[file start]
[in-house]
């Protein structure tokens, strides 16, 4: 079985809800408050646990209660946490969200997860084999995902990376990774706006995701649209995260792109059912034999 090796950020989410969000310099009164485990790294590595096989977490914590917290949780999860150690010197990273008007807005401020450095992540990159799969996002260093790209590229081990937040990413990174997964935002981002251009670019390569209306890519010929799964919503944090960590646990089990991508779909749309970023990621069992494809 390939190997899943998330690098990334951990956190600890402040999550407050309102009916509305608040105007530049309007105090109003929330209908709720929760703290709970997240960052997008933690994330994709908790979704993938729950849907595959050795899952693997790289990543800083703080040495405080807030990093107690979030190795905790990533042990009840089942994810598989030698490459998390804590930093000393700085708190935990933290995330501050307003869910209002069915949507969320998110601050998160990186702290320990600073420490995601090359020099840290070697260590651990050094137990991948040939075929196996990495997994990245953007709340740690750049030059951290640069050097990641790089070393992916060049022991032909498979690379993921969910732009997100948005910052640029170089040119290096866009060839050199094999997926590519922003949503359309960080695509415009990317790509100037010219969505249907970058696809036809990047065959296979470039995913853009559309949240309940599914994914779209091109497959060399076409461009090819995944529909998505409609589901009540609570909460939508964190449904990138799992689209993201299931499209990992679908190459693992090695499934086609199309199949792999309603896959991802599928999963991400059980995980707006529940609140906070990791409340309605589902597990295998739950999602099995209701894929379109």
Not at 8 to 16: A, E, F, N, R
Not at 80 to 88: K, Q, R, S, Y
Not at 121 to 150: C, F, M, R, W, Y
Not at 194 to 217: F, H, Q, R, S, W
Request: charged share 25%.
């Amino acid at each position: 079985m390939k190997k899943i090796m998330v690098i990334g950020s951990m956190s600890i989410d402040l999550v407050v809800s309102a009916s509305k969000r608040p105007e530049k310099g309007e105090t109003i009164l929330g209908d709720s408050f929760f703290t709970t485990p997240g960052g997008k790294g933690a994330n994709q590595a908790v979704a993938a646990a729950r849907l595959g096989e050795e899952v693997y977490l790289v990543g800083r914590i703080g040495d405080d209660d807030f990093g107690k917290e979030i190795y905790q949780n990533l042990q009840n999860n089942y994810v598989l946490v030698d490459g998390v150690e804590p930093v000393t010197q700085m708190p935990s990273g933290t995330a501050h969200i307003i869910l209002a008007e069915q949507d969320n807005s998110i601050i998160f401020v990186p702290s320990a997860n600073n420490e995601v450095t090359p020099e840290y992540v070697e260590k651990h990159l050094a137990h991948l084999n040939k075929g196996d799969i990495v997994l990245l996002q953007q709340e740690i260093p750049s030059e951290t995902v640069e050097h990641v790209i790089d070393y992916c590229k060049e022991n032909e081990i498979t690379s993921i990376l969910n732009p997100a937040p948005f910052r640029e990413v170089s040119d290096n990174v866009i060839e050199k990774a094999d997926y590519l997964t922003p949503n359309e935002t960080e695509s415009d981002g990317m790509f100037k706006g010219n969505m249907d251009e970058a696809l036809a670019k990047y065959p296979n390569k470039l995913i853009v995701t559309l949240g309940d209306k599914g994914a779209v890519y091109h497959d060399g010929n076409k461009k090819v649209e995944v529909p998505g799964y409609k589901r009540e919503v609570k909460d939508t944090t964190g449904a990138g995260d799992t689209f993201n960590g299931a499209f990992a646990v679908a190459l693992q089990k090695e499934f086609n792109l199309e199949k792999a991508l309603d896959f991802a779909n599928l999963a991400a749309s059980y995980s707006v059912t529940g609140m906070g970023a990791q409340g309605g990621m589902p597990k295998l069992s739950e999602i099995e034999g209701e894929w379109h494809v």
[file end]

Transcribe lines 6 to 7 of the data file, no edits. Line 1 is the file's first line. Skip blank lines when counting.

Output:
Not at 194 to 217: F, H, Q, R, S, W
Request: charged share 25%.